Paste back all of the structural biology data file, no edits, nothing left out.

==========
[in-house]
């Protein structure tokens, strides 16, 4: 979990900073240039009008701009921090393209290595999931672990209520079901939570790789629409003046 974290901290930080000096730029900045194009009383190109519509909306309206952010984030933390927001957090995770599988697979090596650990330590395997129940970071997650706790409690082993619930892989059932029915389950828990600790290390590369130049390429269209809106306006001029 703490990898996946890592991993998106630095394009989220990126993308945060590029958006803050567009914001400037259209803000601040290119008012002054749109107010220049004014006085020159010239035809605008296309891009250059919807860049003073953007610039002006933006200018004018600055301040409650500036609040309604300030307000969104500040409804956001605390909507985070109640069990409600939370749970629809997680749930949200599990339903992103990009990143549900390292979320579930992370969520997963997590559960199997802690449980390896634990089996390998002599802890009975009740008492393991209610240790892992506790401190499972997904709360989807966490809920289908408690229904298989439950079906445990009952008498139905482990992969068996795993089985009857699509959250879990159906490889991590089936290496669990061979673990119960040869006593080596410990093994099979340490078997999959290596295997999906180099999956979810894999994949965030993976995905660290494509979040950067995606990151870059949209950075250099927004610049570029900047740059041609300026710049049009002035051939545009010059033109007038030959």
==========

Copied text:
[in-house]
């Protein structure tokens, strides 16, 4: 979990900073240039009008701009921090393209290595999931672990209520079901939570790789629409003046 974290901290930080000096730029900045194009009383190109519509909306309206952010984030933390927001957090995770599988697979090596650990330590395997129940970071997650706790409690082993619930892989059932029915389950828990600790290390590369130049390429269209809106306006001029 703490990898996946890592991993998106630095394009989220990126993308945060590029958006803050567009914001400037259209803000601040290119008012002054749109107010220049004014006085020159010239035809605008296309891009250059919807860049003073953007610039002006933006200018004018600055301040409650500036609040309604300030307000969104500040409804956001605390909507985070109640069990409600939370749970629809997680749930949200599990339903992103990009990143549900390292979320579930992370969520997963997590559960199997802690449980390896634990089996390998002599802890009975009740008492393991209610240790892992506790401190499972997904709360989807966490809920289908408690229904298989439950079906445990009952008498139905482990992969068996795993089985009857699509959250879990159906490889991590089936290496669990061979673990119960040869006593080596410990093994099979340490078997999959290596295997999906180099999956979810894999994949965030993976995905660290494509979040950067995606990151870059949209950075250099927004610049570029900047740059041609300026710049049009002035051939545009010059033109007038030959």